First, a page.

Actor Rory Kinnear has described a “bring your own booze” gathering at No 10 as being like a “direct assault” in the face of “our shared national tragedy”.
The event on May 20 2020, which was attended by Boris Johnson took place on the same day as Kinnear’s sister Karina’s funeral, following her death from coronavirus aged 48.
She suffered a lack of oxygen at birth, causing severe brain damage, had been left paralysed from the waist down after a life-saving operation on her spine, and was in hospital with chest infections regularly throughout her life.
During Prime Minister’s Questions on Wednesday, Mr Johnson acknowledged the public “rage” over the incident, which took place during the first national lockdown, but insisted he thought it could have been technically within the rules.
Writing in The Guardian, Bond star Kinnear described the day on which his family buried his sister in a ceremony limited by Covid-19 restrictions.
He added: “Just under two miles separates my corner of London from the garden of Downing Street
“I am, today, haunted by the tinkling of those glasses there on that sun-drenched night, the echoing of their thin laughter, the stifled chuckles as they practised their imagined denials and, most perniciously, the leadership that encouraged it to happen.
“Their actions feel like direct assaults in the face of my family’s, and all of our shared national, tragedy.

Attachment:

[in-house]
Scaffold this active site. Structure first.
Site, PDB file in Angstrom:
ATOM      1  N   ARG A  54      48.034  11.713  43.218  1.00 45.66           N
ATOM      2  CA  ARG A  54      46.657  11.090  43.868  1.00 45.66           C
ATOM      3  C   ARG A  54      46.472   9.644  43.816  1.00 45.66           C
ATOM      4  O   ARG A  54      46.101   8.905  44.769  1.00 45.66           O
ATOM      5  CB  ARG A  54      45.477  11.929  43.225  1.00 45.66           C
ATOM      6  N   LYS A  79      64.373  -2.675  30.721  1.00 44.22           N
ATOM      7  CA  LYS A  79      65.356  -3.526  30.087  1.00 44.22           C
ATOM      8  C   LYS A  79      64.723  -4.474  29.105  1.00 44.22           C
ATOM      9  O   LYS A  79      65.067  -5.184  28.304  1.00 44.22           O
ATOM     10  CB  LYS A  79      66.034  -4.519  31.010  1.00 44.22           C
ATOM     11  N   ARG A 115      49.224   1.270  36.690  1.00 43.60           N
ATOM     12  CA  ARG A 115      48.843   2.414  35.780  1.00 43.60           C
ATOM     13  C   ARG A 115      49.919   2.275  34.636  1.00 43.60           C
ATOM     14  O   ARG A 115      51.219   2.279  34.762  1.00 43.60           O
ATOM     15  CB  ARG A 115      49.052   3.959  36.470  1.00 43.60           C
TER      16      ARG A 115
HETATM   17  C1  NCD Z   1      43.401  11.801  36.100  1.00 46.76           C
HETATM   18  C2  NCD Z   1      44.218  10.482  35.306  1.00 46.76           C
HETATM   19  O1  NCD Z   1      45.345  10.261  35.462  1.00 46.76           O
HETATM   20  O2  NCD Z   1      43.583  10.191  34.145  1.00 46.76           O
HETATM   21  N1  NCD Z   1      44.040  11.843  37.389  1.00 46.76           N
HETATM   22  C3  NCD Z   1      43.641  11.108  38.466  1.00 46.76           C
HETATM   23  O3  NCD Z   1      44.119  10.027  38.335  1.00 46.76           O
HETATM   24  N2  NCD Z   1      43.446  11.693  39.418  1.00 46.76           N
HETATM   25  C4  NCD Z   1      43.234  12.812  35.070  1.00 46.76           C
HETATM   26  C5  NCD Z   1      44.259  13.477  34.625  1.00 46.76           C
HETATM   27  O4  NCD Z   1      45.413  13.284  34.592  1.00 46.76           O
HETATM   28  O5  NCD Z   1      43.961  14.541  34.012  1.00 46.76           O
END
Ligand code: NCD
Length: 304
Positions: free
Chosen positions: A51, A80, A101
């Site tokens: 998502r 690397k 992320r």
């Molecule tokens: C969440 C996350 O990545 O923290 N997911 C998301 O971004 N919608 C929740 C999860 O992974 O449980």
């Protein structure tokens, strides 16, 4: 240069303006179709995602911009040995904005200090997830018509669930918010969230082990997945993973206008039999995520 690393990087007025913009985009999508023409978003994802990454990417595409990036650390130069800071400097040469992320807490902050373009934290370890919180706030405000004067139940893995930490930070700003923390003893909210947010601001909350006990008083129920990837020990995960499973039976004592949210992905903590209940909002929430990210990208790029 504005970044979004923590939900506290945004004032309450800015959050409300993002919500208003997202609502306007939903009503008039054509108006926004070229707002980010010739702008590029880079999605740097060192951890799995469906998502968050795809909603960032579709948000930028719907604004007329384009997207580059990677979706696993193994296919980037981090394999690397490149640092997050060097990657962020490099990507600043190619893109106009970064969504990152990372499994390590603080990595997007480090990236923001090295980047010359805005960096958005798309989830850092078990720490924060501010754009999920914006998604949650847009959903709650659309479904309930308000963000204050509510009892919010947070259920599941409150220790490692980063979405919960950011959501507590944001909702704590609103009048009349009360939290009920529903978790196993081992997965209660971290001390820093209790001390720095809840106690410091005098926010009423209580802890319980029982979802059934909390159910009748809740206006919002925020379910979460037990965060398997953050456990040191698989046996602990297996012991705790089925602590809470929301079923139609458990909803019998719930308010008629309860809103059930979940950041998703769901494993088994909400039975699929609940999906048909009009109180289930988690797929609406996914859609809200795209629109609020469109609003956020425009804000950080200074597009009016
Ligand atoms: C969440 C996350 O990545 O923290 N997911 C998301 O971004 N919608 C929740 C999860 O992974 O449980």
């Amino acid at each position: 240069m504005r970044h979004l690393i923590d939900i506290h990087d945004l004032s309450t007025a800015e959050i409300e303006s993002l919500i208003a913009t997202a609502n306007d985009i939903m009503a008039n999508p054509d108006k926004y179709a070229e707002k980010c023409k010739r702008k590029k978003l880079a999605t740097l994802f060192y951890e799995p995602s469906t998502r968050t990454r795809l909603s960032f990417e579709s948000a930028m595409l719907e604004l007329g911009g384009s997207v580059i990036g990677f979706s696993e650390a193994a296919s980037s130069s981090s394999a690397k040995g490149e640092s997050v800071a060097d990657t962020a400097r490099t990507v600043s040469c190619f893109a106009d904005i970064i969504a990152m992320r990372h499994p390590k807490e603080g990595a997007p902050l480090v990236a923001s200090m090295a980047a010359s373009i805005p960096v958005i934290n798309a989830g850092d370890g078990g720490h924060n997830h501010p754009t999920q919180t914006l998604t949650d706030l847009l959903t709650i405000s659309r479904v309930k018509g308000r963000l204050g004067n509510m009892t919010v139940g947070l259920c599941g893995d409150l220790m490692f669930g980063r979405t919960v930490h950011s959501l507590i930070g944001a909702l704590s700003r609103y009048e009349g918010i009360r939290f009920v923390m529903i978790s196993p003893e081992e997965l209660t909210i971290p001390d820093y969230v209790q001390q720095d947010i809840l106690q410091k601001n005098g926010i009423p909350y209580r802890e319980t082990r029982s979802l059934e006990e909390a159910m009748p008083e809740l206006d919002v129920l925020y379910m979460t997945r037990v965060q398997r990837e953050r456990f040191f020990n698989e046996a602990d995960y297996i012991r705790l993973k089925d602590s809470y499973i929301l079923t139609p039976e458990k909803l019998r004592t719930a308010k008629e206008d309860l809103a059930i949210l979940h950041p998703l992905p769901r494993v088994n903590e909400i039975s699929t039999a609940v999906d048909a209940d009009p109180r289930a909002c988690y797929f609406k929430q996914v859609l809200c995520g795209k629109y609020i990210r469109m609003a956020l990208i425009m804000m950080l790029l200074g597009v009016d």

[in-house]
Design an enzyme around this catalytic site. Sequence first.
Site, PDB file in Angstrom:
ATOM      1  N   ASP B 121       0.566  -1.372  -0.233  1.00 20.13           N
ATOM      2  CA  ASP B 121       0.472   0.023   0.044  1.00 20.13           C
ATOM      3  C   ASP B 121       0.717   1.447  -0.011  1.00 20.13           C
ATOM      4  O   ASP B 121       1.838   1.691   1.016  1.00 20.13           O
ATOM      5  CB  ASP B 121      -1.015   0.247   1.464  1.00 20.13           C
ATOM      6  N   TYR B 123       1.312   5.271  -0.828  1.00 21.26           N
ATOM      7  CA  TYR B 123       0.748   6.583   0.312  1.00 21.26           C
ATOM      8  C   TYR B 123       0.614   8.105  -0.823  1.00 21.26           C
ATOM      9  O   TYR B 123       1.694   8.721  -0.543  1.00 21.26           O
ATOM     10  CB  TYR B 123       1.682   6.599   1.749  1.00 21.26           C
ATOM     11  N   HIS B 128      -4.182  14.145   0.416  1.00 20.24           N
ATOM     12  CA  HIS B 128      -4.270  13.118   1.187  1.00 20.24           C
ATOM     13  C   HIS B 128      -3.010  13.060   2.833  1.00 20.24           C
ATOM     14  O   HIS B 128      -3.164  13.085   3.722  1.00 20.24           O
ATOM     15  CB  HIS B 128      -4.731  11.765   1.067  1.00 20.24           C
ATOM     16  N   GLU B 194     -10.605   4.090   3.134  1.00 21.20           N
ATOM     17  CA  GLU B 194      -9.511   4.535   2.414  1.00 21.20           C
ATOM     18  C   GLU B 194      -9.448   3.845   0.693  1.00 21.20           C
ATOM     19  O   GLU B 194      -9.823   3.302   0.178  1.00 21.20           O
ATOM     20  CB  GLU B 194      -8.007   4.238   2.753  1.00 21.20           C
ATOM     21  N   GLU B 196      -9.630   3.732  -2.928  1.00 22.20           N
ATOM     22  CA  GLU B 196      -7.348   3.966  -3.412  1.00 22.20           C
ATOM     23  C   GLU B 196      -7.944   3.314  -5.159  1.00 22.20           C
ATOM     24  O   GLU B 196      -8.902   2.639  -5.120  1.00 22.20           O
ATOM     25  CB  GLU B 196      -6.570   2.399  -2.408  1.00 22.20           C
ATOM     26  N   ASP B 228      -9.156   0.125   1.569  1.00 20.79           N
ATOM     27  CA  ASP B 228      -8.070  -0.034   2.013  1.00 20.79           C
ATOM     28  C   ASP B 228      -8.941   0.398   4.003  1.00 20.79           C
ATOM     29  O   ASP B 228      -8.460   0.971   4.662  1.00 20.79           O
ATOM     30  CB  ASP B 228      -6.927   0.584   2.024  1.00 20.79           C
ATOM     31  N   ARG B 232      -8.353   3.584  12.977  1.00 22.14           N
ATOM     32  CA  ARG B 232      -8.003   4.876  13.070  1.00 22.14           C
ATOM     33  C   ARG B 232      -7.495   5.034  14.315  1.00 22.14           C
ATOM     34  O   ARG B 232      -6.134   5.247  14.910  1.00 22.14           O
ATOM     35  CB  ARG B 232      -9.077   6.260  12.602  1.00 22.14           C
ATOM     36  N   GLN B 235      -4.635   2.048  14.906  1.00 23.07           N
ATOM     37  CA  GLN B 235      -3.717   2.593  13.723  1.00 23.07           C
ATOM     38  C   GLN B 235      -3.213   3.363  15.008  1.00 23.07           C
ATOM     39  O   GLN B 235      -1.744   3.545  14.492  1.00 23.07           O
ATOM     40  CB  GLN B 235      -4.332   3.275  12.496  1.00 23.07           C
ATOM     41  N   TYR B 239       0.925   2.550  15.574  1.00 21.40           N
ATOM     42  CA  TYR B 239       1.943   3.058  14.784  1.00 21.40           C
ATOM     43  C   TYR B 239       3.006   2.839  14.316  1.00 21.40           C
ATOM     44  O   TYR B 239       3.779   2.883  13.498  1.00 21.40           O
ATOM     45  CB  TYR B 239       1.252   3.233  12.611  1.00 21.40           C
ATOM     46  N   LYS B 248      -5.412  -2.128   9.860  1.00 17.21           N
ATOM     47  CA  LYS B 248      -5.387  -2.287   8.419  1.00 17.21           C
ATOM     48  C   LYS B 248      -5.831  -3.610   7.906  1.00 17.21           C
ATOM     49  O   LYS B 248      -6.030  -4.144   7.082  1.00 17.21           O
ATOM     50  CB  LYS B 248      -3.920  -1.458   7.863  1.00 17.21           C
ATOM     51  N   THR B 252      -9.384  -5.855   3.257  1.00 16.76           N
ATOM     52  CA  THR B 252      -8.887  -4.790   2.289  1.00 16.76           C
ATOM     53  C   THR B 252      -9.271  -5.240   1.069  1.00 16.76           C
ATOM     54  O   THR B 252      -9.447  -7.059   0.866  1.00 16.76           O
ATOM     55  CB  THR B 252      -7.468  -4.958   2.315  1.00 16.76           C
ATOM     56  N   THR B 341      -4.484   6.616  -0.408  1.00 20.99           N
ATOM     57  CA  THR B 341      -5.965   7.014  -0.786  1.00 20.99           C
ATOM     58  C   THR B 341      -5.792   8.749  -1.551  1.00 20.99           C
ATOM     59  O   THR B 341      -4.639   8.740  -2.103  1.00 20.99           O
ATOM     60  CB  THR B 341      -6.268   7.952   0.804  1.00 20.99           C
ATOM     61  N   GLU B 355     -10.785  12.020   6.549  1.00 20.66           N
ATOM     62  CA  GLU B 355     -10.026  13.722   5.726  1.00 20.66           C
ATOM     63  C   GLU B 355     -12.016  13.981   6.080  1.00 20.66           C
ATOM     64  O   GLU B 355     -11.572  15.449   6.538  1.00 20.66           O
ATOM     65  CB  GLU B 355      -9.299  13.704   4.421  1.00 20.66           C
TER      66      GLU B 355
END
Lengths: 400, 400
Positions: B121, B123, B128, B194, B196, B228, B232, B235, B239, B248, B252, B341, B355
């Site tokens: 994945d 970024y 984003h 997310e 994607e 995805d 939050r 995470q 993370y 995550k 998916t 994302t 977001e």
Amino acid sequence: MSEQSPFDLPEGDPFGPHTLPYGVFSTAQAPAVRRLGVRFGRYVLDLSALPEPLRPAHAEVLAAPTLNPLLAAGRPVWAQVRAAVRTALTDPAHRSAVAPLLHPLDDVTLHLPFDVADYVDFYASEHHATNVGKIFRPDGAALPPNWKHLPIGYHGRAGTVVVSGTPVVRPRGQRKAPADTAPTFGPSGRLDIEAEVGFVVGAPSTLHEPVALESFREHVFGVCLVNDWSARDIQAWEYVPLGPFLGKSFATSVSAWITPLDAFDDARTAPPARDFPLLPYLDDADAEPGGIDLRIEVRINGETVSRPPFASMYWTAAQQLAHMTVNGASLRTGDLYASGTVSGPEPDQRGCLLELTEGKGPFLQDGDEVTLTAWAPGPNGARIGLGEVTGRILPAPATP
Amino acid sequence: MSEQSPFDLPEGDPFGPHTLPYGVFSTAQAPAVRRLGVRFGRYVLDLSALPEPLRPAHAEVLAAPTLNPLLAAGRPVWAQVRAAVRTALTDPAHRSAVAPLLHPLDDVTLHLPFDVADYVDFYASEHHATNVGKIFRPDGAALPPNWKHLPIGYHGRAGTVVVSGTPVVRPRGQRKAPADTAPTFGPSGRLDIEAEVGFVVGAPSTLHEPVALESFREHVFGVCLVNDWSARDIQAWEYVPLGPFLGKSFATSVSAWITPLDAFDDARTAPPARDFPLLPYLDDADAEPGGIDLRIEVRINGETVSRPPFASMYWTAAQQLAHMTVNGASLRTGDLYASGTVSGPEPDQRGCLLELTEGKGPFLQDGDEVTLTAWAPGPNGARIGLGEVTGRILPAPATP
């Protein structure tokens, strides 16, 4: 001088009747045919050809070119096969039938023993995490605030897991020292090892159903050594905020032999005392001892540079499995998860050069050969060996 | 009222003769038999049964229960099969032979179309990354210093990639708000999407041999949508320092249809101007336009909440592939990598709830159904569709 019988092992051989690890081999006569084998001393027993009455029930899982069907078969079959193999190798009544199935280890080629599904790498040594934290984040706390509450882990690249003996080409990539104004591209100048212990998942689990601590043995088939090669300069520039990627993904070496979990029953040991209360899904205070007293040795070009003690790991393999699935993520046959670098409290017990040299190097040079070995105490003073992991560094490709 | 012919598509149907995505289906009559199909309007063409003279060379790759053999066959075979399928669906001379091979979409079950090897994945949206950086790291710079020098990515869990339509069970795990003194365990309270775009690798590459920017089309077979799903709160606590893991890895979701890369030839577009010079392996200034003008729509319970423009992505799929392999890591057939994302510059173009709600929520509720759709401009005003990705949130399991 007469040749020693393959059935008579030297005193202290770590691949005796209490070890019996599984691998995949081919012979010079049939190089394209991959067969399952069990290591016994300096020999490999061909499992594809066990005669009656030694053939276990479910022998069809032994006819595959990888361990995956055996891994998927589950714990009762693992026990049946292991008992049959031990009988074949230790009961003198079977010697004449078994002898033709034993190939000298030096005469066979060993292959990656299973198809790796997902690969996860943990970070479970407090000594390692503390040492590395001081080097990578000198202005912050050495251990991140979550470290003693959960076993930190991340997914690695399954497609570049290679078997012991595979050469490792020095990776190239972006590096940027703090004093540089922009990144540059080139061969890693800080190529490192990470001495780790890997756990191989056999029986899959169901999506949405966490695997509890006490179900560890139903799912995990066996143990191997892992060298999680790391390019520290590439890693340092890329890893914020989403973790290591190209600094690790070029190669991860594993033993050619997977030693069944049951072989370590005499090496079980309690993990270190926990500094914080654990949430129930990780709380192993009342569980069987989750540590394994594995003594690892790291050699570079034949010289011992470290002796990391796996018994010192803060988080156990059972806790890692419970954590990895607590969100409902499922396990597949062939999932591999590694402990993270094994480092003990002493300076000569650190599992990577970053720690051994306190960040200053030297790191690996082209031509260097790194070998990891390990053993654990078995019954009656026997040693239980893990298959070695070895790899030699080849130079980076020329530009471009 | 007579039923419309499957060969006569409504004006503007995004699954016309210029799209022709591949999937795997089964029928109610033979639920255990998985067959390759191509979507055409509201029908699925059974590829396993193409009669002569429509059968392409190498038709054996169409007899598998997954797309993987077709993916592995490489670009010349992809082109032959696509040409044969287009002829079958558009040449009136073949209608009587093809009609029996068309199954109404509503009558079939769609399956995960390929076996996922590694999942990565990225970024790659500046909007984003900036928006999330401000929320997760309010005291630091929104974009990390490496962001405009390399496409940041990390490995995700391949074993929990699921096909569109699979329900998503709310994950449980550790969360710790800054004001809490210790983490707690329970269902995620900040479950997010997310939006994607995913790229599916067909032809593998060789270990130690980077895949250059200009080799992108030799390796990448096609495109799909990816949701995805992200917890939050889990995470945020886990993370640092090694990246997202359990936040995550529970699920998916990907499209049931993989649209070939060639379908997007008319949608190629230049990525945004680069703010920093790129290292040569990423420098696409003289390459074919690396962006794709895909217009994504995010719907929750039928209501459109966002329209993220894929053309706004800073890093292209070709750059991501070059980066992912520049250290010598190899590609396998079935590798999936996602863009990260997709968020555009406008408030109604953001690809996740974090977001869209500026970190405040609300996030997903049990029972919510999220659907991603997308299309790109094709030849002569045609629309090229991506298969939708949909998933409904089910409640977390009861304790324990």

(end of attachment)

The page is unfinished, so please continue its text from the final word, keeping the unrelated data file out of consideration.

“To me, and I’m sure many others, the revelations of the manifest and repeated failures of those in power to understand, empathise or show solidarity with what the people of this country experienced during that time have released from the body politic a stench so toxic that I can’t see how they will be able to put it back in the bottle, no matter how desperately they try.
“They can’t point the finger anywhere else this time, can they? After all, they brought the bottle themselves.”
The 43-year-old, known for his Shakespearean stage roles and as MI6 chief of staff Bill Tanner in the 007 film series, has previously suggested the language around the deaths of people from coronavirus, with “underlying conditions”, has to change.
Mr Johnson told MPs in the Commons that he attended the gathering for around 25 minutes to “thank groups of staff”.
“I believed implicitly that this was a work event,” he said.
However, he said “with hindsight I should have sent everyone back inside, I should have found some other way to thank them, and I should have recognised that – even if it could have been said technically to fall within the guidance – there would be millions and millions of people who simply would not see it that way”.
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